Giving the major the address of the tailor who could be trusted to supply Jack’s uniform without loss of time, and accepting an invitation to dine at the “George” that evening, if he could possibly get away from the ship, Lieutenant Hethcote stepped into the gig, and made his way to the “Falcon.”
Major Archer and Jack first paid a visit to the tailor, where all the articles necessary for the outfit were ordered and promised for next day. They then visited the dockyard, and Jack was immensely impressed at the magnitude of the preparations which were being made for the war. Then they strolled down the ramparts, and stood for some time watching the batches of recruits being drilled, and then, as the short winter day was drawing to a close, they returned to the “George.”
AN ADVENTURE AT GIB
It was on the 1st of February, 1854, that the “Falcon” sailed from Portsmouth for the East, and ten days later she dropped her anchor at Gibraltar harbor. Jack Archer was by this time thoroughly at home. In the week’s hard work during the preparation for sea at Portsmouth, he had learned as much of the names of the ropes, and the various parts of the ship, as he would have done in a couple of months at sea, and had become acquainted with his new ship-mates. So great had been the pressure of work, that he had escaped much of the practical joking to which a new-comer on board ship, as at school, is generally subject.
He had for comrades four midshipmen; one of these, Simmons, had already nearly served his time, and was looking forward to the war as giving him a sure promotion; two others, Delafield and Hawtry, had already served for two or three years at sea, although only a year or so older than Jack, while the fourth, Herbert Coveney, was a year younger, and was, like Jack, a new hand. There were also in the berth two master’s mates, young men of from twenty to two-and-twenty. With all of these Jack, with his high spirits, good-tempered face, merry laugh, soon became a favorite.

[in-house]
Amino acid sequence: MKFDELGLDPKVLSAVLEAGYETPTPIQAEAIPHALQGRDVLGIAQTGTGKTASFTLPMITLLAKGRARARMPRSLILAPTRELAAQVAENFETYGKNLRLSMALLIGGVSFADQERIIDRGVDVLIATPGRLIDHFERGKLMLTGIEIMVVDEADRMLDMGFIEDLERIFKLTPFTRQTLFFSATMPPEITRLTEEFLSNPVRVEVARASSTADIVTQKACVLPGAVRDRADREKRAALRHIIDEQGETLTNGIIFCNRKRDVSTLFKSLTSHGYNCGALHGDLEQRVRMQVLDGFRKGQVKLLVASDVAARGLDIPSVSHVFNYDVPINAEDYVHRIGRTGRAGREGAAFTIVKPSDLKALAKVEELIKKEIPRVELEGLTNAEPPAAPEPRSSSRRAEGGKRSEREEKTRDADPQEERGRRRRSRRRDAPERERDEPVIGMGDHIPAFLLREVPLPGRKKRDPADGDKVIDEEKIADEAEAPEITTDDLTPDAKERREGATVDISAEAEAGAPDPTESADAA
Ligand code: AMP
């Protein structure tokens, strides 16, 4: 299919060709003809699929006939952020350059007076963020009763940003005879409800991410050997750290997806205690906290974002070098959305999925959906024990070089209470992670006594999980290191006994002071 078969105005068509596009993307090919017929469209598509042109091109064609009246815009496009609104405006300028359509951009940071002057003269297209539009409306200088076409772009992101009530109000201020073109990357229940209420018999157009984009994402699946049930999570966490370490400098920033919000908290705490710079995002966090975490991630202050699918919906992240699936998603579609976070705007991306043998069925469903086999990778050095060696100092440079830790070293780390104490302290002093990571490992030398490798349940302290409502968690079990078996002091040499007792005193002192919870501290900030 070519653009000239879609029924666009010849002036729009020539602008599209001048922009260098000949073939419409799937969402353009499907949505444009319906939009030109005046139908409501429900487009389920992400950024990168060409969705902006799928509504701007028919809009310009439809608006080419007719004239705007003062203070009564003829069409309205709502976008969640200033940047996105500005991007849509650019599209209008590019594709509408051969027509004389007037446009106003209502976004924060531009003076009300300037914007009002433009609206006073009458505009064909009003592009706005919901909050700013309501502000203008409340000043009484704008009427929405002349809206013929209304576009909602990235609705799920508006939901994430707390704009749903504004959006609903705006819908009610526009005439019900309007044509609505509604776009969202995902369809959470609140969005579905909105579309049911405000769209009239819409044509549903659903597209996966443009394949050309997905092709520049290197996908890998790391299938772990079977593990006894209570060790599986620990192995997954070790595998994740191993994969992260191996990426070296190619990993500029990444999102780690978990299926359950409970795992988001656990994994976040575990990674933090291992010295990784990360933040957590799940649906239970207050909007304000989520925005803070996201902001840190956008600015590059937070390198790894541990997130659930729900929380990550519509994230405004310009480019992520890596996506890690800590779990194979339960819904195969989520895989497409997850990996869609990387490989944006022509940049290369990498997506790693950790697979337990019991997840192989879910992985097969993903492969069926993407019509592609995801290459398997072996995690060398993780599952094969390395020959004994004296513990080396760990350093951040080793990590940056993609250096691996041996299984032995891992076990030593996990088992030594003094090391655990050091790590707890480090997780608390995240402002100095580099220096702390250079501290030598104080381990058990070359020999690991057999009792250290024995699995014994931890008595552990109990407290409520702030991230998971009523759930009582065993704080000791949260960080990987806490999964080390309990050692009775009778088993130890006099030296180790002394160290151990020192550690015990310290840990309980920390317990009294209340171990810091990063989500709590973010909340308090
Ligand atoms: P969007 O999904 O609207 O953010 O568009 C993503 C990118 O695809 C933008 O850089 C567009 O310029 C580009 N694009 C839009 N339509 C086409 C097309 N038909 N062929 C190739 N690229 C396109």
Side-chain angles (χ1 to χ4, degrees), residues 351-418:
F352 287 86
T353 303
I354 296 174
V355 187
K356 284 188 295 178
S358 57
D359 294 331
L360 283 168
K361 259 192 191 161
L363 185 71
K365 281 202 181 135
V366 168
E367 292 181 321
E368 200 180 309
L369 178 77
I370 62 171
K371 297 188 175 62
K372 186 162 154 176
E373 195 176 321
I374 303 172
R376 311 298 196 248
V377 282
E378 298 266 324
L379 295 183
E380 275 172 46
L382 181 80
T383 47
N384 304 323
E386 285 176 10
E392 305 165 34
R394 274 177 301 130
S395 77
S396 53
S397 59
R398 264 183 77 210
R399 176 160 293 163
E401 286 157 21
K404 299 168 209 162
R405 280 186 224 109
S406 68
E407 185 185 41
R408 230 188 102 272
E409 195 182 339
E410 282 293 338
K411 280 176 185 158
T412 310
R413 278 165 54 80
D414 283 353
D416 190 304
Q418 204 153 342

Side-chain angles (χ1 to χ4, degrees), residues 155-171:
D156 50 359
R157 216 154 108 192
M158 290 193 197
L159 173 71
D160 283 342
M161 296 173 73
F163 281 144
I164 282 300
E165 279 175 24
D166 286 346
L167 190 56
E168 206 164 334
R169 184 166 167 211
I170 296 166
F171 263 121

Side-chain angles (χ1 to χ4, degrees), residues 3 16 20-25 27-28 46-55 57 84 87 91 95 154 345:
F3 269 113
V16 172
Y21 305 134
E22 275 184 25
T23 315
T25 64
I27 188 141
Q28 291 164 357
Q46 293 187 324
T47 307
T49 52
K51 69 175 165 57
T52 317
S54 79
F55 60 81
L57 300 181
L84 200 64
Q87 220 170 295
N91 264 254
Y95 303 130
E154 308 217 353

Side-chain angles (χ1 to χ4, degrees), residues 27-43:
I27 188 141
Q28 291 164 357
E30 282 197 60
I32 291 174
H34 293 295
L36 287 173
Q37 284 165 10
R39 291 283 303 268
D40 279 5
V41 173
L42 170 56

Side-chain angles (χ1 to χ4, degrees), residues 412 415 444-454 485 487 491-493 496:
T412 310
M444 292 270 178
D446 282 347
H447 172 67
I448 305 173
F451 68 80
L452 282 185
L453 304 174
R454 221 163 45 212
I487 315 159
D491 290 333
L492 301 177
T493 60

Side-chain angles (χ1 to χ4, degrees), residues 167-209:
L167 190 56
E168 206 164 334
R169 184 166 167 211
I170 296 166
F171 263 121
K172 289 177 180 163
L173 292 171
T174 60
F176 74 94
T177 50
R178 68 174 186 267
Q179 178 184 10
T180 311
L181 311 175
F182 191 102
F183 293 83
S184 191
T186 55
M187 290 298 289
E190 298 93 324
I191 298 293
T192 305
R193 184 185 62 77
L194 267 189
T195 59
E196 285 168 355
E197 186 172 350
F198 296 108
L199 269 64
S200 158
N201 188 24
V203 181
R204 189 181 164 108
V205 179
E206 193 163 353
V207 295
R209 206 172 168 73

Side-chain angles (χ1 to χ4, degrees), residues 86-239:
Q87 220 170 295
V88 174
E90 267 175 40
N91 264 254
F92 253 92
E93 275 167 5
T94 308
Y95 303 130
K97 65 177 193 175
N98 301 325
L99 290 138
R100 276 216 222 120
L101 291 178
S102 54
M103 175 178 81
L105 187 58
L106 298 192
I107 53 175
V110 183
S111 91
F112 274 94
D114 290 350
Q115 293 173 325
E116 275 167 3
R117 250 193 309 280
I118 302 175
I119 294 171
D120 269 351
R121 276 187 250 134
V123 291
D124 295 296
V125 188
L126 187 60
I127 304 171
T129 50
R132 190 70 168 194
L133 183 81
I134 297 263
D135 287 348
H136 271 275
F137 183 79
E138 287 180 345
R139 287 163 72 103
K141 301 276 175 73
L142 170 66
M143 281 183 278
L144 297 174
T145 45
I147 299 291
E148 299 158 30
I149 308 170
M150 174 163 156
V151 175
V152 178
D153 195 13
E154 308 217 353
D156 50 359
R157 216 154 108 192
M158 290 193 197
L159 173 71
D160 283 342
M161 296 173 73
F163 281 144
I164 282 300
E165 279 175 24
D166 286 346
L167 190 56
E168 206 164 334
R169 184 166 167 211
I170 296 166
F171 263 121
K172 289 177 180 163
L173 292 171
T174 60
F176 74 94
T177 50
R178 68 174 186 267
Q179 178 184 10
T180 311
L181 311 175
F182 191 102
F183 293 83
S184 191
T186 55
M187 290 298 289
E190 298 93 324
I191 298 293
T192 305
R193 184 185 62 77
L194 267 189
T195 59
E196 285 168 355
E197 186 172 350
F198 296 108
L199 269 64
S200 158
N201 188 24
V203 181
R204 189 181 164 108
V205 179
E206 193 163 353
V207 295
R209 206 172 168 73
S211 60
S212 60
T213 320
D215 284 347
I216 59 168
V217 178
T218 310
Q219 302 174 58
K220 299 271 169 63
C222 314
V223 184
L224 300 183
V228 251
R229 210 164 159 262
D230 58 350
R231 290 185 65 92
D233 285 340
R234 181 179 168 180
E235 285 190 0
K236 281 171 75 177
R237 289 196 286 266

During the first two days at sea he had suffered the usual agonies from sea-sickness. But before reaching Gibraltar he had got his sea-legs and was regularly doing duty, being on the watch of the second lieutenant, Mr. Pierson.
The wind, which had blown strongly across the Bay of Biscay and down the coast of Portugal, moderated as the “Falcon” steamed past Cape St. Vincent with its picturesque monastery, and the straits were calm as a mill-pond as she slowly made her way along the Spanish coast and passed Tarifa. Up to the time when she dropped her anchor in the Bay of Gibraltar, the only incident which had happened on the way was that, as they steamed up the straits, they passed close by a homeward-bound P. and O. steamer, whose passengers crowded the sides, and cheered and waved their handkerchiefs to the eastward-bound ship.